San Francisco, CA
A federal judge today refused to get involved in the Bureau of Reclamation’s abrupt water shutoffs to the Klamath River, expecting all stakeholders to work together to resolve challenging water issues. The ruling came in response to an emergency motion filed by the Yurok Tribe and commercial fishing groups, stemming from concerns that dangerously low water levels will lead to continuing catastrophic losses of salmon.
The Tribe and commercial fishing groups sought court intervention after the Bureau unilaterally reduced river flows in early May, denying the Tribe water promised in an agreement with the Bureau and irrigators. This sudden flow reduction created dangerously low water levels, endangering juvenile salmon at a time when fish infection rates from C. Shasta parasites have crept up to alarming levels. The fish disease risk peaks in May and June, making additional flows to sustain salmon habitat even more urgent. Plaintiffs feared a salmon die-off that would carry significant consequences for Tribal members and harm the livelihoods of commercial fishing families if they did not act. The water in question is unrelated to any additional cuts experienced by agricultural interests.
“Every time there is a severe drought, we are going to see the infection rates spike, until the underlying cause of this issue is addressed,” said Yurok Tribe Vice-Chairman Frankie Myers. “As a fishing tribe, it is unbearable to see our river’s already diminished salmon runs decline even further toward extinction.”
“The health of Klamath River salmon determines whether ocean coastal commercial Chinook fisheries are open or closed,” said Glen Spain, Northwest Regional Director of the Pacific Coast Federation of Fishermen’s Associations. “Coastal communities up and down the west coast are already experiencing the effects of the COVID-19 crisis — Klamath-driven additional fishing closures could be disastrous.”
“Without these flows, which are only a portion of what was required in the biological opinion and Interim Plan, we will face a massive loss of salmon,” said Patti Goldman, Earthjustice managing attorney. “We’ll continue to work with the Bureau and others to get the water the salmon need.”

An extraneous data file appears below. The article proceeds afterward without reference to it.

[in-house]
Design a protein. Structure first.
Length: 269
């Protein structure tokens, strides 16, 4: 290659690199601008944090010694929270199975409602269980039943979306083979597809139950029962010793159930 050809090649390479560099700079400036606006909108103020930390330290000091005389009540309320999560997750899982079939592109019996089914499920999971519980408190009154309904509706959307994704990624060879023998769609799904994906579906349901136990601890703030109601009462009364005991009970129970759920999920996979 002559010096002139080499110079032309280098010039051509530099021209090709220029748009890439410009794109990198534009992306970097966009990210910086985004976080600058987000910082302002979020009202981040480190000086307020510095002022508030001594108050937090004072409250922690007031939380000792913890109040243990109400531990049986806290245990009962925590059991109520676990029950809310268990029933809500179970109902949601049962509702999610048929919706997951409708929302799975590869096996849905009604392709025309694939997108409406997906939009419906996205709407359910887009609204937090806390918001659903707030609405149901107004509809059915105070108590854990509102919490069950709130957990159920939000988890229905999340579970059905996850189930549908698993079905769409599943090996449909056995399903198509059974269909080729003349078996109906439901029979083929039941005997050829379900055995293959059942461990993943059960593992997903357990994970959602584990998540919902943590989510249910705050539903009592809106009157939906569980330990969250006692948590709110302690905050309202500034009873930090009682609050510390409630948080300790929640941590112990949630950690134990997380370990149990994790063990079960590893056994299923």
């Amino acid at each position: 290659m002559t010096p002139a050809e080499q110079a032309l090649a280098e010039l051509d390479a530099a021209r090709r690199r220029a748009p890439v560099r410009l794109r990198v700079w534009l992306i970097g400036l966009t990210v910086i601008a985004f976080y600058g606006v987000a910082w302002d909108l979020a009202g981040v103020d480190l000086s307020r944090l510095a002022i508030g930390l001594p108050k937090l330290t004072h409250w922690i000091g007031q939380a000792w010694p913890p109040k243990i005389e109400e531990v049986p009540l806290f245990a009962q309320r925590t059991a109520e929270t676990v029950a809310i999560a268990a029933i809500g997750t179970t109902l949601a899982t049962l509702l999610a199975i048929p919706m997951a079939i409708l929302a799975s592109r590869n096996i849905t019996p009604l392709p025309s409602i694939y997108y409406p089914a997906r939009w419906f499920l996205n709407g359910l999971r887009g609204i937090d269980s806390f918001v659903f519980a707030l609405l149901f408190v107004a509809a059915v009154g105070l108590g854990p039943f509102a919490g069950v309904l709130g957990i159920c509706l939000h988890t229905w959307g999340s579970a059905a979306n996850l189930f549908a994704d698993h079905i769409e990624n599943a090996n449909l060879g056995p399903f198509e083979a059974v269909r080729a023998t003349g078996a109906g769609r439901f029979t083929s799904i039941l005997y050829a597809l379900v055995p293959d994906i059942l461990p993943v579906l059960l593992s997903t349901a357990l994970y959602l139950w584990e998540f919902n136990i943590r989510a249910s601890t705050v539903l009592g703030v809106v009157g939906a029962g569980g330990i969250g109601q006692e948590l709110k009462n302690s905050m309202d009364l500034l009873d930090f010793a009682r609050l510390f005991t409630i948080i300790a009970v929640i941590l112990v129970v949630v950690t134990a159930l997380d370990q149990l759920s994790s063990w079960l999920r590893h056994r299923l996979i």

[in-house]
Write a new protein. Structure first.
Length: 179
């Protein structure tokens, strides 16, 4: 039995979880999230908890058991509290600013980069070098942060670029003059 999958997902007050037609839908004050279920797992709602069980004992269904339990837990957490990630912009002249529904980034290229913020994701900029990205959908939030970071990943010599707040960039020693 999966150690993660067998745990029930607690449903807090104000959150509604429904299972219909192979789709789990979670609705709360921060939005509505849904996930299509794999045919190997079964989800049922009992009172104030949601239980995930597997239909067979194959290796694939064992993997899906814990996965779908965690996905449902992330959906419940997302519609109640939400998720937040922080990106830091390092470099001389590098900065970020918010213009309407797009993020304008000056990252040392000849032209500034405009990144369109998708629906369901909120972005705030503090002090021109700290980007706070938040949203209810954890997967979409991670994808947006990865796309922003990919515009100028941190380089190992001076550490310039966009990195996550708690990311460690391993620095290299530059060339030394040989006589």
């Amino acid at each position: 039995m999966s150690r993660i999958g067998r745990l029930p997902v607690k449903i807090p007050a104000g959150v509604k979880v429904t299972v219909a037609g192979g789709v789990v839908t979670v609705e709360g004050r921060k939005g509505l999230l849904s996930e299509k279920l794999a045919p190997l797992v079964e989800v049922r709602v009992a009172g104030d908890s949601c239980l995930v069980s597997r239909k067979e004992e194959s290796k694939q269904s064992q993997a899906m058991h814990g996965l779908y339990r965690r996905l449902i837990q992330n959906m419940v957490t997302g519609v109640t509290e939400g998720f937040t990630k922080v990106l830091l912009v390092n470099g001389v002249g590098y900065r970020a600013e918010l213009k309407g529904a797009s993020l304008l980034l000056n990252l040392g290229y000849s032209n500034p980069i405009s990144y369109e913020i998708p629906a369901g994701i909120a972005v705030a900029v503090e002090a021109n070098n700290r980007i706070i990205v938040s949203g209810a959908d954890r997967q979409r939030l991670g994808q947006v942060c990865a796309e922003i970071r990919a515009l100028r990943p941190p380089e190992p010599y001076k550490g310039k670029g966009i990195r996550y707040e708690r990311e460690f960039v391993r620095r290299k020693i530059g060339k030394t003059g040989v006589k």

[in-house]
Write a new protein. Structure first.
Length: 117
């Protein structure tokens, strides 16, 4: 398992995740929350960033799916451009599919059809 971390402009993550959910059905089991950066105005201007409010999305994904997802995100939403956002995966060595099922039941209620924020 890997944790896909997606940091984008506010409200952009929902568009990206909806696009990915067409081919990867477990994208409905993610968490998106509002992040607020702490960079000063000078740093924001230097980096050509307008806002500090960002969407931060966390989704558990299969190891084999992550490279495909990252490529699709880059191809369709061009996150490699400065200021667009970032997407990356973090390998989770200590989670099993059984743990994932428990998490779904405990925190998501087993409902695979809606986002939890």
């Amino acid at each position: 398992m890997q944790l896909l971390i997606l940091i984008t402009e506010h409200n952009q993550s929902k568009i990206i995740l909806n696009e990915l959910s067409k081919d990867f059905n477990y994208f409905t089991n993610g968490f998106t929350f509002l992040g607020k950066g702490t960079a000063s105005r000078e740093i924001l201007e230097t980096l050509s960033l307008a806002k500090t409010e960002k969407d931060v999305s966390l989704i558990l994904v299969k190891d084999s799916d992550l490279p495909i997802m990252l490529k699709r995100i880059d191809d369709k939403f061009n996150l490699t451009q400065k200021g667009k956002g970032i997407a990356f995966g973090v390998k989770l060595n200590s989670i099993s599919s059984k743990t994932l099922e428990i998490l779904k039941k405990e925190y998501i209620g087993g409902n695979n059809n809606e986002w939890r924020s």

The Klamath was once the third mightiest salmon-producing river in the continental U.S., behind only the Columbia and Sacramento in productivity. The River has been reduced to a shadow of its former self largely as a result of the Bureau of Reclamations’ re-plumbing of its headwaters to maximize irrigation in the arid upper basin desert. Klamath River salmon are integral to the Yurok Tribe’s sustenance and way of life; coastal salmon fishing families are economically dependent on ocean fishing seasons that hinge on the health of Klamath River Chinook.
Tribes, commercial fishermen, and salmon advocates have been fighting to keep water in the Klamath River for decades. The latest rounds began in 2016 after a new plan for the Klamath Project led to disease outbreaks of a parasite that infects young salmon. A 2017 court injunction required disease management flows to reduce outbreaks and fatalities while the Bureau developed a new plan.
Unfortunately, the Bureau’s 2019 plan provided far too little water for spring flows needed both for disease management and to provide habitat for young salmon. 2019 was an above average water year, but river flows were at drought levels, and the infection rates in young salmon exceeded 80 percent for most of May. The Tribe and commercial fishermen returned to court, seeking additional water for the river. In response, the Bureau adopted a three-year interim plan that provided more water for salmon and reinstituted a collaborative process in which technical experts for Tribes, fishing groups, farmers, and the federal agencies worked to find ways to provide water to meet multiple needs.
Earthjustice represents the Yurok Tribe, Pacific Coast Federation of Fishermen’s Associations, and Institute for Fisheries Resources. For more, watch Earthjustice’s original video, “Reclaiming the Klamath.”